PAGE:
In fact, there’s a concept in contemporary philosophy called the hyperobject which describes something that you think about that is so vast, so complicated, so intertwined in so many aspects of everyday life, that it’s actually literally, hard to think through. In that case, how do you teach this? Well, we have a few different approaches. We know from a lot of environmental studies that project-based and inquiry-based learning are pretty powerful. We also know that simulations and gaming are very productive. How do you support faculty doing that for the first time?
“The hyperobject… is so vast, so complicated, so intertwined in so many aspects of everyday life, that it’s actually, literally hard to think through. In that case, how do you teach this?”
On top of that, pedagogically, we have the increasing problem that more and more students [and faculty and staff] have experienced climate change, which may include being through a horrific storm or seeing your entire community rebooted because of changes in flora. How do we honor that experience as faculty? And how do we do it in a way that is productive and supportive rather than re-traumatizing?
Shawn: Our organization supports innovation in learning — especially digital education. For Duke that can mean things like more hybrid and online learning — but of course, recently that means thinking about incorporating AI. One takeaway I have from your book is that things like online and digital won’t save us — in fact, with the rise in AI, it might be that we’re creating further climate damage and impact. Can you touch on the way we might need to think about AI in teaching and learning while also considering how to be truly climate committed?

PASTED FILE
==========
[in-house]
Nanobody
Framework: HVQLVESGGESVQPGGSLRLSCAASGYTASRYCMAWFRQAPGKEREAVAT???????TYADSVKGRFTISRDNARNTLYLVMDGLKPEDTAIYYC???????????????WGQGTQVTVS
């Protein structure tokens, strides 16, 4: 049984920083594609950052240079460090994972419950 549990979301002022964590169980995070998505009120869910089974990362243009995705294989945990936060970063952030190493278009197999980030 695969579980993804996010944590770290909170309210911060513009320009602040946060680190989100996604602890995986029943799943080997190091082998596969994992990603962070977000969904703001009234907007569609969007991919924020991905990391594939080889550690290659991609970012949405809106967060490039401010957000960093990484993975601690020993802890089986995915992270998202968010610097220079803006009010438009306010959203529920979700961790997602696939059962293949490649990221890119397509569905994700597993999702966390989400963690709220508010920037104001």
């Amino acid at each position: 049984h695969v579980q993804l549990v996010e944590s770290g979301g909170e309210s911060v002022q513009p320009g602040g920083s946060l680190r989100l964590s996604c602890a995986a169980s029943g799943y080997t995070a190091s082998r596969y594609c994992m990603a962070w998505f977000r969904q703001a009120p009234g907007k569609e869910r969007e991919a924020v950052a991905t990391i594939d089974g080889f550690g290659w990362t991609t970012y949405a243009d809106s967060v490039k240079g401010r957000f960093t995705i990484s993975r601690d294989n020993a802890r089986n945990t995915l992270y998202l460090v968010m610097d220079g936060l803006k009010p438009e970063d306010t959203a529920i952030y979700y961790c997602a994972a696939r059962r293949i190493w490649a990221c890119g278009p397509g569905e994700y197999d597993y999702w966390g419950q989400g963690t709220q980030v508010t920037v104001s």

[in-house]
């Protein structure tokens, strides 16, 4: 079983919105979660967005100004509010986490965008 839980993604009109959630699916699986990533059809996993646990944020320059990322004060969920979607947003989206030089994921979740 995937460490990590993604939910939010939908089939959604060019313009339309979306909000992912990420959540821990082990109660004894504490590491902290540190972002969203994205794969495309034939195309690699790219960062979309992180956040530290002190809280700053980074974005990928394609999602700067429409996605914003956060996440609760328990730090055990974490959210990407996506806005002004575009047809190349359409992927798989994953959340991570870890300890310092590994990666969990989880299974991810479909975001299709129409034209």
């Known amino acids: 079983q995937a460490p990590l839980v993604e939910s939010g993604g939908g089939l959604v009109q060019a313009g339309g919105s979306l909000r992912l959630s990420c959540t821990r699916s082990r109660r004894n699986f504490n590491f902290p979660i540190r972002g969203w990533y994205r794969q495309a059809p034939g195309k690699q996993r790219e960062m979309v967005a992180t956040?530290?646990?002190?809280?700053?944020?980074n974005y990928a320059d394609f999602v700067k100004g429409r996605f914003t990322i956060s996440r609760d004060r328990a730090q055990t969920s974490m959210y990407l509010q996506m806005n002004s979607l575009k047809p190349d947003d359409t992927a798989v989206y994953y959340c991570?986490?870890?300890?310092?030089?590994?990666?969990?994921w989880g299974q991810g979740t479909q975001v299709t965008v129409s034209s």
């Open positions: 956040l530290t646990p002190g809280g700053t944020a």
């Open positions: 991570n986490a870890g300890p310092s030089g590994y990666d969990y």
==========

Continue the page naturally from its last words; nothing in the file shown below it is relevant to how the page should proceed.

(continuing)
Bryan: One thing to think about is that within climate change, we have the idea of climate justice, right? That is, how are we going to adapt and mitigate climate change in a way that does not reproduce historical biases?
[DEI and climate change] link together really, really well. In some ways higher education has been much more committed to DEI over the past three years, but not anywhere near as much for climate. Duke is an outlier in that respect. When it comes to AI, we’ve got two countervailing forces. On the one hand we can think that AI is great for climate change in that we can use it to learn a lot more. We can also use AI along with other computations to try and reduce our carbon footprint, to help analyze our footprint better, to get a better sense of it, to model out actions we can take, but also perhaps to reduce travel. We have all kinds of positive benefits there that would work.
At the same time, we have the problem that current large language models and some other ways of creating AI use a huge amount of data and process it with an enormous amount of cloud computing. We’re talking about using a lot of GPUs. An incredible amount of memory. Now, all of that emits carbon in different ways. This is a strategic choice for a campus to make: do we support AI and use it for these climate benefits? Or do we avoid it because of these carbon costs?
I think the broader question that’s implicit in your question, Shawn, is, how can a campus grapple with these huge challenges? After we’ve had three to five years of so much stress and so much strain, and we haven’t had a break. We haven’t really had extra resources. In fact, quite a few faculty and staff, when I talked to them about this, they said, “I’m barely keeping my head above water as it is. You’re telling me to grapple with the world’s biggest challenge? I can’t do it.” When you talk about putting climate change on the table alongside these other grand challenges, I think our capacity is really an issue, too.